5 is a prime number.                                                                                                
7 is a prime number.                                                                                                
11 is a prime number.                                                                                               
13 is a prime number.                                                                                               
17 is a prime number.                                                                                               
19 is a prime number.                                                                                               
Worker 0 handled 6 jobs.                                                                                            
Worker 1 handled 7 jobs.                                                                                            
Worker 2 handled 7 jobs.

The whole project can be found on GitHub

Problem

This all works fine. However, I want the program to make use of my 8 CPU cores. But that does not happen:

$ mix run primes.exs 1000000 8 &
$ htop

htop

Why isn't the work parallelized?

Versions Used

Elixir

$ elixir --version
Erlang/OTP 24 [erts-12.2.1] [source] [64-bit] [smp:8:8] [ds:8:8:10] [async-threads:1] [jit]

Elixir 1.13.2 (compiled with Erlang/OTP 24)

Mix

$ mix --version
Erlang/OTP 24 [erts-12.2.1] [source] [64-bit] [smp:8:8] [ds:8:8:10] [async-threads:1] [jit]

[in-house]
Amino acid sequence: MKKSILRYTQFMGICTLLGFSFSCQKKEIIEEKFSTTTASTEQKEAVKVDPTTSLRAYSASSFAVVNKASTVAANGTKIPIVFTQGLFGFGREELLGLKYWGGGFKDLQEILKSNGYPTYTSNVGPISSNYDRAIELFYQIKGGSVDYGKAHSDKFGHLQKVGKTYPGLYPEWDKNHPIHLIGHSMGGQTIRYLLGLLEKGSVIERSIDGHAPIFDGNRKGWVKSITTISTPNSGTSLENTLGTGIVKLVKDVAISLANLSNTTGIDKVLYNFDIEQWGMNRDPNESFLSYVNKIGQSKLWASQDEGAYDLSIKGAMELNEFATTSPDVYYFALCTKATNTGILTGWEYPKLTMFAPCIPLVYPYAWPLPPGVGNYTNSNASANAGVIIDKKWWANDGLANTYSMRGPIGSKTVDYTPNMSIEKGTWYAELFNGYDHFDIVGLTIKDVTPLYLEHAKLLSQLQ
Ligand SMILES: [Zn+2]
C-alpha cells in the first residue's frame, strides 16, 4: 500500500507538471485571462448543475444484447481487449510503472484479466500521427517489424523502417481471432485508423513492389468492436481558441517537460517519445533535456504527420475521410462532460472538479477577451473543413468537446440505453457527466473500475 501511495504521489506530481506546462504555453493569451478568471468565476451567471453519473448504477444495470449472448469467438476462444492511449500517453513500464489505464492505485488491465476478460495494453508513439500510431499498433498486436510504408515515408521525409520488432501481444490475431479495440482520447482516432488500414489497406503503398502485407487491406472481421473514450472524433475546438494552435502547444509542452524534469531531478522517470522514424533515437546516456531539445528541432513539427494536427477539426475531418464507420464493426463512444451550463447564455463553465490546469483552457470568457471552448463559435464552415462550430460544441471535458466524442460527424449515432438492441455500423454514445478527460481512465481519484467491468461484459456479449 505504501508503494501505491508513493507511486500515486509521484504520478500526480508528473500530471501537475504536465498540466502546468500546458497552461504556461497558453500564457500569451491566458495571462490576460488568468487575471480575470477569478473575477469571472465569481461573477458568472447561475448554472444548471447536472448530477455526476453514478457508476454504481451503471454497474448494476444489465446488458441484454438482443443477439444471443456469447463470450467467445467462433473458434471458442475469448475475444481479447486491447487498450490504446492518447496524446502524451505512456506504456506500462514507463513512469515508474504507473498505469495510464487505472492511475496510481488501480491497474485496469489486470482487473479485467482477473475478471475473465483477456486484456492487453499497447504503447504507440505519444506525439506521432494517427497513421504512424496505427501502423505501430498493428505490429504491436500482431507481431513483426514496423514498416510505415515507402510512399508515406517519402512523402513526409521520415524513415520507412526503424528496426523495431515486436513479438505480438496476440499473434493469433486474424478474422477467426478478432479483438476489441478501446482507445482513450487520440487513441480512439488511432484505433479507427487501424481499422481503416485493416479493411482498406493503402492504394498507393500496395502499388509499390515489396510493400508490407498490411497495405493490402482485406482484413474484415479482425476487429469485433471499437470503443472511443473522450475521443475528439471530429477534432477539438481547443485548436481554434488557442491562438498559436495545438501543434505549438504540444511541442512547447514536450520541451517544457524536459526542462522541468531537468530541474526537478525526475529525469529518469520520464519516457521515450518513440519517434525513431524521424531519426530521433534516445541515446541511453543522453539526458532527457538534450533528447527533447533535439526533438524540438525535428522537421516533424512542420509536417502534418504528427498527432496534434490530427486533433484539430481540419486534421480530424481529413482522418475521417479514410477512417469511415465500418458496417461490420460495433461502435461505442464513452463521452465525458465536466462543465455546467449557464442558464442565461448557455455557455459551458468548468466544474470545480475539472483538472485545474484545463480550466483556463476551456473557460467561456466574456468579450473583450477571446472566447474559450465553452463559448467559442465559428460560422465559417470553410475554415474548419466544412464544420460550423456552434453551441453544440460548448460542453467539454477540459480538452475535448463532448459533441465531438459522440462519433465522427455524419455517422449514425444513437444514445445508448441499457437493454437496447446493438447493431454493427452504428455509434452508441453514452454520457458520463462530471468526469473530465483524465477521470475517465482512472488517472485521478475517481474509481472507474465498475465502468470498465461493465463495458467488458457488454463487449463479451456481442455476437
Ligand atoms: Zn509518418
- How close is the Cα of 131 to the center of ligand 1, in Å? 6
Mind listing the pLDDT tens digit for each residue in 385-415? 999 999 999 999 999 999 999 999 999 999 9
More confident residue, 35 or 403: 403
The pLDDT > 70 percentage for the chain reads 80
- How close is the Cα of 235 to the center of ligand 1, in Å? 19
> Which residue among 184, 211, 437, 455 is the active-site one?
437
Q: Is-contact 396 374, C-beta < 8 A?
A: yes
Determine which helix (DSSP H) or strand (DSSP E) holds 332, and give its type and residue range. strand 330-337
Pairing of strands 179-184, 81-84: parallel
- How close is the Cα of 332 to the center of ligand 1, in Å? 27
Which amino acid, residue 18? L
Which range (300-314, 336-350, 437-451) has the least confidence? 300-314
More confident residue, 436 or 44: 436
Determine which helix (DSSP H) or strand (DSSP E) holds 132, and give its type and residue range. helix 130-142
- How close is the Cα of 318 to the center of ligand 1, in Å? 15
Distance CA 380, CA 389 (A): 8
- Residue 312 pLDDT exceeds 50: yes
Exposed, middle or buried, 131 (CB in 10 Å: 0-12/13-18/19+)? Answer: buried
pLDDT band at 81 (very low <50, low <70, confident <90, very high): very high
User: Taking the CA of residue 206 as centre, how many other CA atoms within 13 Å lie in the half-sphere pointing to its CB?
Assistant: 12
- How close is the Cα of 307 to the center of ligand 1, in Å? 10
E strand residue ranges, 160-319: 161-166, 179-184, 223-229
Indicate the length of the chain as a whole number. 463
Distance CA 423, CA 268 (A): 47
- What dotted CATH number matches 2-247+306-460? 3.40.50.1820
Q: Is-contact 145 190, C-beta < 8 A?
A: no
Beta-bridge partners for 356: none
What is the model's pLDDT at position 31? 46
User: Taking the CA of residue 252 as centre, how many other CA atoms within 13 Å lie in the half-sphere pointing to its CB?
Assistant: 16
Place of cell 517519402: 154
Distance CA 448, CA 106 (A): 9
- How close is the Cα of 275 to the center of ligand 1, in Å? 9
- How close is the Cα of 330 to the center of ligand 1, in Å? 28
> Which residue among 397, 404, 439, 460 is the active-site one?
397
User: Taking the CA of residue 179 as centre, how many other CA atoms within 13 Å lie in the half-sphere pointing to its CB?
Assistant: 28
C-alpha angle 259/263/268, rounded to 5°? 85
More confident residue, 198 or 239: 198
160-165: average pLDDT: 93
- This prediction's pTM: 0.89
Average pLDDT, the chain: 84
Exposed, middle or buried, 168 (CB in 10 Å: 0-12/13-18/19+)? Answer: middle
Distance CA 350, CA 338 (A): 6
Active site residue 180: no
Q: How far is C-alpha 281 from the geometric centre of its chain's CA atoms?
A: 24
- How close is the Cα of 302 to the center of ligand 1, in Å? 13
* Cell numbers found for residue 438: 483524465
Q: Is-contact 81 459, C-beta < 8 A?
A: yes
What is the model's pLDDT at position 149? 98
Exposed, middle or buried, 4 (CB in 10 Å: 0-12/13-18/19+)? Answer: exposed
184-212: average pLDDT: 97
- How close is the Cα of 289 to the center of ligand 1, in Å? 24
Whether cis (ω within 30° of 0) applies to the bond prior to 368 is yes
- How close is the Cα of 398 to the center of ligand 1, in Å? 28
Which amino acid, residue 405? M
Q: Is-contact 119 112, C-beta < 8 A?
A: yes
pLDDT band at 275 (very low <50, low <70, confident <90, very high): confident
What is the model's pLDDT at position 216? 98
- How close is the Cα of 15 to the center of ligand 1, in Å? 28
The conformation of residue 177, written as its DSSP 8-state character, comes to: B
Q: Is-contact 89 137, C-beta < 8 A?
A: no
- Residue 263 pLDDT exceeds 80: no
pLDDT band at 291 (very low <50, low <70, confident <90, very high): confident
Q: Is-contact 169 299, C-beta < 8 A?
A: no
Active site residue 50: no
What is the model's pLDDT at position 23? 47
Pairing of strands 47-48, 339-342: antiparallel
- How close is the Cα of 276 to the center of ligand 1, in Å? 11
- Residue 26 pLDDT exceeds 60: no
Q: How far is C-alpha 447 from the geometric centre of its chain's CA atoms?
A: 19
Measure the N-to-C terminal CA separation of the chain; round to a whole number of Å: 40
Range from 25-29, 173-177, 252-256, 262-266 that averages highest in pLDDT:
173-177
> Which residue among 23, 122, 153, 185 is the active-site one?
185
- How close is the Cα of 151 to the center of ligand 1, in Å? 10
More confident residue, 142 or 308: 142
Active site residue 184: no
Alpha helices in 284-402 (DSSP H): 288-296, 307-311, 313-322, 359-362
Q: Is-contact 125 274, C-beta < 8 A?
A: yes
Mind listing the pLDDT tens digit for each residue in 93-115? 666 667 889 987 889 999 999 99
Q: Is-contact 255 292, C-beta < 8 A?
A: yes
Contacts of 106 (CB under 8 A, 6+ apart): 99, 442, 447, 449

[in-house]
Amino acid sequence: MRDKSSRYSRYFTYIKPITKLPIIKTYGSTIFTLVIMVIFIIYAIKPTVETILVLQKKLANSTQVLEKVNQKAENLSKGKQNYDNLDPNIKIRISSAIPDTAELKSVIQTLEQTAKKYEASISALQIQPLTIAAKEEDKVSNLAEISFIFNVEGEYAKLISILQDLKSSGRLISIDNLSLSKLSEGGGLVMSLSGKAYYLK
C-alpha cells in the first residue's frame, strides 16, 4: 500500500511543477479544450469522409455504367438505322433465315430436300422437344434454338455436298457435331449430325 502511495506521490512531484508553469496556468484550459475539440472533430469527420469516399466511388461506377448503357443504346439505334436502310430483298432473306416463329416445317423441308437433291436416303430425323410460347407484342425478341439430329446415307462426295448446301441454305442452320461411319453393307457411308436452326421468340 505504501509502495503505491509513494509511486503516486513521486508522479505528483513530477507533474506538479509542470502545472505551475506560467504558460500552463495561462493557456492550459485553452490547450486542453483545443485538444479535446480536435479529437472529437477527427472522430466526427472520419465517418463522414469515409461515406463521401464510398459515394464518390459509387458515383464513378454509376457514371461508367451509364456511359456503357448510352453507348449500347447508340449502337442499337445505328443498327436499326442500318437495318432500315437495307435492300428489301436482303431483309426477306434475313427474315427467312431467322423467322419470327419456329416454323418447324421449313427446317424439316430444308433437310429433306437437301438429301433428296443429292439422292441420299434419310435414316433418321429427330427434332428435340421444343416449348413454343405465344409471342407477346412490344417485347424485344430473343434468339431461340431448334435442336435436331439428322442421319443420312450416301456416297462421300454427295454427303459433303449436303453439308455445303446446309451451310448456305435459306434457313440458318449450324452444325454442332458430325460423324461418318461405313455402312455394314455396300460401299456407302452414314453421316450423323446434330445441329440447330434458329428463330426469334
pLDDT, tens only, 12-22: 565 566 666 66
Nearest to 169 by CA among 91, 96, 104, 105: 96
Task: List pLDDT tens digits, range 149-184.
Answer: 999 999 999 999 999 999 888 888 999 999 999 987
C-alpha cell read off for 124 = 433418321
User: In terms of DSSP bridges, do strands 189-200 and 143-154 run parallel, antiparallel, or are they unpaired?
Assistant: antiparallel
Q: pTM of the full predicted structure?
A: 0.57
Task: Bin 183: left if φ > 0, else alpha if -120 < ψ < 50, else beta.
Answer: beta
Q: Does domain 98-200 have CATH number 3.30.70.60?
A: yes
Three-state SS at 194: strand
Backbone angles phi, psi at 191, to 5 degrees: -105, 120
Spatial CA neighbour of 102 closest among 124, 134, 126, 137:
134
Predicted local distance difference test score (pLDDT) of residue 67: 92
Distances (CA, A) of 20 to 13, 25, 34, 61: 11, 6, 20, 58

Mix 1.13.2 (compiled with Erlang/OTP 24)

1 Answer 1

2

I figured out a way to really make my CPU cores work. Now I use concurrency primitives instead of GenServer (prime_workers.exs):

defmodule PrimeNumbers do
  def is_prime(x) when is_number(x) and x == 2, do: true

  def is_prime(x) when is_number(x) and x > 2 do
    from = 2
    to = trunc(:math.sqrt(x))
    n_total = to - from + 1

    n_tried =
      Enum.take_while(from..to, fn i -> rem(x, i) != 0 end)
      |> Enum.count()

    n_total == n_tried
  end

  def is_prime(x) when is_number(x), do: false
end

defmodule PrimeWorker do
  def start() do
    spawn(fn -> loop() end)
  end

  defp loop() do
    receive do
      {:is_prime, x, pid} ->
        send(pid, {:prime_result, x, PrimeNumbers.is_prime(x)})
        loop()

      {:terminate, pid} ->
        send(pid, {:done})
    end
  end
end

defmodule PrimeClient do
  def start() do
    spawn(fn -> loop(0) end)
  end

  def loop(found) do
    receive do
      {:prime_result, _, prime} ->
        if prime do
          loop(found + 1)
        else
          loop(found)
        end

      {:query_primes, pid} ->
        send(pid, {:primes_found, found})
    end

    loop(found)
  end
end

args = System.argv()
[n, n_workers | _] = args
{n, ""} = Integer.parse(n, 10)
{n_workers, ""} = Integer.parse(n_workers, 10)

client = PrimeClient.start()

workers =
  for i <- 0..(n_workers - 1),
      into: %{},
      do: {i, PrimeWorker.start()}

Enum.each(2..n, fn x ->
  i_worker = rem(x, n_workers)
  worker = Map.get(workers, i_worker)
  send(worker, {:is_prime, x, client})
end)

workers
|> Enum.each(fn {_, w} ->
  send(w, {:terminate, self()})

  receive do
    {:done} -> {:nothing}
  end
end)

send(client, {:query_primes, self()})

receive do
  {:primes_found, found} ->
    IO.puts("Found #{found} primes from 2 to #{n}.")
end

Now my CPU cores are properly used:

$ time elixir prime_workers.exs 1000000 1000
Found 78497 primes from 2 to 1000000.

real    0m1.761s
user    0m10.327s
sys     0m0.346s

CPU loads (htop)